Historic Reform to Transform the Urban Model in Mexico

Mexican cities, like Guadalajara, strive for urban reform. Photo by Alex Lomix / Flickr

Mexico is an eminently urban country. 78 percent of the Mexican population lives in an urban locality of more than 2,500 inhabitants, and 63 percent live in urban centers with more than 15,000 inhabitants. Urban development should be a priority for Mexico’s public and political agenda, and the country needs to resolve these problems holistically. It needs to invest in the development and implementation of a compact, connected, coordinated and competitive urban vision. The great challenge to establish planning instruments that allow cities to have the financial resources, institutions, policies, programs and incentives necessary and appropriate to achieve an urban transformation at the local scale.

Over the past six years, Mexico has been working towards a goal to “increase productivity and democratize [its] economy, as well as ensure the effective exercise of social rights to all Mexicans, connecting human capital with economic opportunities to reduce gaps of inequality and promote wider social participation.” At the same time, the country is committed in various international forums to move towards a low carbon economy which, among other things, means reducing greenhouse gas emissions (GHG) 30 percent by 2030. The role of cities here is significant: all 93 cities in Mexico (concentrated in 56 metropolitan areas) with over 100,000 inhabitants, contribute 88 percent of the total gross output of the country and account for 83 percent of employment in Mexico.

Cities are the doors that open our economy and connect us to the rest of the world. However, our current urban model is characterized by being distant, dispersed and disconnected (3D). Cities lose competitiveness; our urban model does not guarantee access to a clean environment, decent housing, and a healthy life but, on the other hand, leads to social and spatial inequality (35 million inhabitants today spend more money on transportation than on basic needs) and greater traffic congestion and pollution (inhabitants of Mexico City lose 3.3 million man-hours a year to traffic congestion).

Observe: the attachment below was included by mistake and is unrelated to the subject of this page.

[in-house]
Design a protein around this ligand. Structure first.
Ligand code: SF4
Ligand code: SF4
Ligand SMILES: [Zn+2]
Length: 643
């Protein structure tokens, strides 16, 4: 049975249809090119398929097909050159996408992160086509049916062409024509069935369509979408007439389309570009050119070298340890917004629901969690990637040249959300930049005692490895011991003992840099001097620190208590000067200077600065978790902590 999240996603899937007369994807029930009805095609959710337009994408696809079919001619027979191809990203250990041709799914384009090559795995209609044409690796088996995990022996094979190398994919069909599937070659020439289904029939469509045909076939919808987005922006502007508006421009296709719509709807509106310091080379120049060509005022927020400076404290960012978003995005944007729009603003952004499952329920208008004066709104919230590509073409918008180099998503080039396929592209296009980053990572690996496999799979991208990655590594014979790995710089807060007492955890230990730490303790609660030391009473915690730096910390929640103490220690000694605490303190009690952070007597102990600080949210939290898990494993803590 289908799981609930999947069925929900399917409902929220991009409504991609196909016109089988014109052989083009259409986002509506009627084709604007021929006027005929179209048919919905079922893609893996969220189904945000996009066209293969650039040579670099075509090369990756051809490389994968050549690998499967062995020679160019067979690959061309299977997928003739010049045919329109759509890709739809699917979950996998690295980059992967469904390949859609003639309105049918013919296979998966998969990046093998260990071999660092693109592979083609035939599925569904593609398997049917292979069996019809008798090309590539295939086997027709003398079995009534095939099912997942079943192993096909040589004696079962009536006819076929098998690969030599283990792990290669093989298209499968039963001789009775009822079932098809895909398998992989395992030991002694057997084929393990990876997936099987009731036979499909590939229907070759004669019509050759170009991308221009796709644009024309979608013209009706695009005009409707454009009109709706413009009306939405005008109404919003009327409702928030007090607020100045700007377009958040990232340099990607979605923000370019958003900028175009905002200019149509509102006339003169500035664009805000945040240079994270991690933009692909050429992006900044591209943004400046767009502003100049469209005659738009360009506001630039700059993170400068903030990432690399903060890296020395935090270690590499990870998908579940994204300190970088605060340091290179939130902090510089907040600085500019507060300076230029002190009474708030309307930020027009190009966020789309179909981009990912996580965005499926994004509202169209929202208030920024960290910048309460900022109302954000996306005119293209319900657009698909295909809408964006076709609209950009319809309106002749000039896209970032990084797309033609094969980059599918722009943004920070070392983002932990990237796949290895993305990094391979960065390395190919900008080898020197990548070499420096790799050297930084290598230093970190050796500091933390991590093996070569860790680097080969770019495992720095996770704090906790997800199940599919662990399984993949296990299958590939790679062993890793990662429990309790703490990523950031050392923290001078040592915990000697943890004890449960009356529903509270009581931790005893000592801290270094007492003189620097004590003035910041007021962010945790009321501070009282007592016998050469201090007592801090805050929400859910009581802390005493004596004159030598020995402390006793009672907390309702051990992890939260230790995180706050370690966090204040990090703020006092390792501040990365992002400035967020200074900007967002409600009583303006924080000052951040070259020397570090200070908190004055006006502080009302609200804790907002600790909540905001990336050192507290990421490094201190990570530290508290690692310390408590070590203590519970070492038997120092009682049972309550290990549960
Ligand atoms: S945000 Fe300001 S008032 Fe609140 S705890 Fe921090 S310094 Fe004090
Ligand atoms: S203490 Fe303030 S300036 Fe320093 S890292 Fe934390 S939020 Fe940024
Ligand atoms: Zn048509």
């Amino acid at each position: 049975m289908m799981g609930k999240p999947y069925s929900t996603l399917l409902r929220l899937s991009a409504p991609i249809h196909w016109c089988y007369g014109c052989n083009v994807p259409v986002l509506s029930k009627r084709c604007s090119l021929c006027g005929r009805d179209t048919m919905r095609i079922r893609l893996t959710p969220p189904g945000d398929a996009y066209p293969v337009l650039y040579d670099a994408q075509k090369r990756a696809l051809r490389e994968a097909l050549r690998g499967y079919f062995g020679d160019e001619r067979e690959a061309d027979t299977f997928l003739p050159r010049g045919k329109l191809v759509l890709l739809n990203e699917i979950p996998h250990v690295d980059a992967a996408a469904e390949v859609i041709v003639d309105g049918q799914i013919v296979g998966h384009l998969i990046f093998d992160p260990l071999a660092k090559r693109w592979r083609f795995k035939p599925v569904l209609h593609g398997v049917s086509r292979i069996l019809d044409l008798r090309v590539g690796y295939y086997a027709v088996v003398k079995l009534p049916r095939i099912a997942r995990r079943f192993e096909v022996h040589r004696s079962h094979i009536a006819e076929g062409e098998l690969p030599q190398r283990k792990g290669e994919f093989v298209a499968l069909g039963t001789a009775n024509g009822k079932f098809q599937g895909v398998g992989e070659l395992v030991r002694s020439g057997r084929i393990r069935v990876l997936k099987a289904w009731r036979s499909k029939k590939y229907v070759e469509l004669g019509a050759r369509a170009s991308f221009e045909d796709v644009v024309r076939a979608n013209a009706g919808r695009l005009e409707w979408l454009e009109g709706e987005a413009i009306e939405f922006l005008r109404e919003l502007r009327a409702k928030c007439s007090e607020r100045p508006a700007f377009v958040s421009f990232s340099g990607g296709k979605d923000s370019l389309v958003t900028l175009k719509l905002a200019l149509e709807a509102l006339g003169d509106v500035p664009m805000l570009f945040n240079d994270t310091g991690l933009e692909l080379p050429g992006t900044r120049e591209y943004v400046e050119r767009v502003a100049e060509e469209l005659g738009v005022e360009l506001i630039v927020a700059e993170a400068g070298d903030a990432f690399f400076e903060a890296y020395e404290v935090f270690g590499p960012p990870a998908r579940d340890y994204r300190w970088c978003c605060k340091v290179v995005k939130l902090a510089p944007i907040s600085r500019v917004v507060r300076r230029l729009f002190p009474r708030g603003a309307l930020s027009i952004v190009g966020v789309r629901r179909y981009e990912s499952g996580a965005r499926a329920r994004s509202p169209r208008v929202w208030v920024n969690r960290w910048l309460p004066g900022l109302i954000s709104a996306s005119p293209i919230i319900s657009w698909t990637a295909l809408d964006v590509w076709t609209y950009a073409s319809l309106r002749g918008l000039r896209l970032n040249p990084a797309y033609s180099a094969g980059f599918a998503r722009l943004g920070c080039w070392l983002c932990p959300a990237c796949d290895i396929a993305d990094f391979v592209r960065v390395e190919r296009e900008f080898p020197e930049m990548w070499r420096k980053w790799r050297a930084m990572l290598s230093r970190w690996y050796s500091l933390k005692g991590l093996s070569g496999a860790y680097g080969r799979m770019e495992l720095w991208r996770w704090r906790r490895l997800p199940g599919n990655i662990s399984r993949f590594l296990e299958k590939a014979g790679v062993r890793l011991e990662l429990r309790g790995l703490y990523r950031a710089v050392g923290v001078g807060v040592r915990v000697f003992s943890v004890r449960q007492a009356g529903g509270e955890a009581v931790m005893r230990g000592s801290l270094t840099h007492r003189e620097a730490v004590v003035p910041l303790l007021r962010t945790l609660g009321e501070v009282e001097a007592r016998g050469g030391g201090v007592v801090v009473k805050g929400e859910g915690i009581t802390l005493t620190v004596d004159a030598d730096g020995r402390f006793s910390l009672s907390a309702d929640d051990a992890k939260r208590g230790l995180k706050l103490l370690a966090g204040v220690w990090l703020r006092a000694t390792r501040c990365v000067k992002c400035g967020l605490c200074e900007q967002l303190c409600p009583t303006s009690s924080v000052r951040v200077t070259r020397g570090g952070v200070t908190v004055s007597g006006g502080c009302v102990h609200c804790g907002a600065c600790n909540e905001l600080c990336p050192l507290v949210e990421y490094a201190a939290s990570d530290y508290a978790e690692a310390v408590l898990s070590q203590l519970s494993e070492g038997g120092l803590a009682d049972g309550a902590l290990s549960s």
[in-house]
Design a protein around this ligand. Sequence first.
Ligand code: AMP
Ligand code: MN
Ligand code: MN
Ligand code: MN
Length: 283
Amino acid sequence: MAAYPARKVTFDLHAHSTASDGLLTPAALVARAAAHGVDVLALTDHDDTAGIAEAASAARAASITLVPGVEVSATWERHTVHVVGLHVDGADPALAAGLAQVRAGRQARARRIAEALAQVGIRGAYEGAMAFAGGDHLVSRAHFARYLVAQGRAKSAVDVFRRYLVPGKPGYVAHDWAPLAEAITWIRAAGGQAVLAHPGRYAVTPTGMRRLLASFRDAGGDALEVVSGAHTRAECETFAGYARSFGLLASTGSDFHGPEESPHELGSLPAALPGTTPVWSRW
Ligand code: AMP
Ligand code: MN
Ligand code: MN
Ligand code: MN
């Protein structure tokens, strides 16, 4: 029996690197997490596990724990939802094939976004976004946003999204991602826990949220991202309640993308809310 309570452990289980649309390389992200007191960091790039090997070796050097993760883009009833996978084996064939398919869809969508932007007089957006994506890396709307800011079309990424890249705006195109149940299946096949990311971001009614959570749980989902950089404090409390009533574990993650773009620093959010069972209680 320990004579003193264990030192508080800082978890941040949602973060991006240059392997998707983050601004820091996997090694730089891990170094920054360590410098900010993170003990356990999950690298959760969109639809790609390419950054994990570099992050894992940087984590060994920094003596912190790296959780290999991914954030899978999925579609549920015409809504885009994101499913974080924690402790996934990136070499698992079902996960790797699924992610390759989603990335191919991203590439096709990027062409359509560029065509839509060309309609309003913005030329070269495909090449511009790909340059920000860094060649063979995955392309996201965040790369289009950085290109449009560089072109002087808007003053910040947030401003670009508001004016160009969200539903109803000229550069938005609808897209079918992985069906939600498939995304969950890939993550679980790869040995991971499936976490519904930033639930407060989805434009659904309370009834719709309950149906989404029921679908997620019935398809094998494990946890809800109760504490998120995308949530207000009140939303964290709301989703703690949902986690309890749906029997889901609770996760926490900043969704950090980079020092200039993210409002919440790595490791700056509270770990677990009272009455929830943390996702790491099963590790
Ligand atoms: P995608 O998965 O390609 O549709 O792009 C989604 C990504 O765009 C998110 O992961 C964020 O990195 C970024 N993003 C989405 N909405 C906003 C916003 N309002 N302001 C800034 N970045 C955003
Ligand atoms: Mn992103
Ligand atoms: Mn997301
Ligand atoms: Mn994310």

CTS EMBARQ Mexico has consistently advocated for urban reform to reverse this trend. There is some progress in this direction:

  1. The creation of the Ministry of Agricultural, Territorial and Urban Development (SEDATU) to plan, create, coordinate, manage and implement land management policies, ensuring decent housing and urban and rural development.
  2. The development of the National Development Plan (NDP) which, for the first time, incorporates urban targets that promote sustainable urban mobility, public space and dense and compact growth.
  3. The publication of the National Urban Development Programme (PNDU) and the National Housing Programme, with clearer and more specific definitions of the new urban model for Mexican cities.
  4. Changes in some operating rules for credit and housing subsidies.

But these advances have not been consolidated, meaning that there have been no significant changes in the pattern of our cities or in the quality of citizen life. Heading to Habitat III, there are still several outstanding issues to address in Mexico that are essential in promoting new sustainable urban models. The first is to reform the General Law on Human Settlements (LGAH), which dates from 1976 and was last updated in 1993 (the last renovation was in 2014). It focuses on the regularization of land tenure and massive housing construction. The shift towards a sustainable model will need to require profound changes in the legal framework and must consider:

  1. The long-term planning, linking plans and budgets
  2. Mechanisms for metropolitan management
  3. Integration of policies for land use and mobility
  4. Compact, coordinated and connected cities
  5. Sustainable urban mobility
  6. Land management instruments
  7. Funding Mechanisms

The second challenge is to establish a portfolio of institutional, financial, fiscal and planning instruments that allow us to implement a legal framework that can strengthen institutional planning and progress. Finally, it is essential to establish and standardize urban technical standards, regulations and local planning to ensure the consistency between various levels of government.

The time is now to move from good intentions to policy implementation: institutional, programmatic and budgetary. Mexico needs to reform its cities and provide citizens with equal access to opportunities in order to ensure a higher quality of life.

Originally published in Spanish on TheCityFix Mexico

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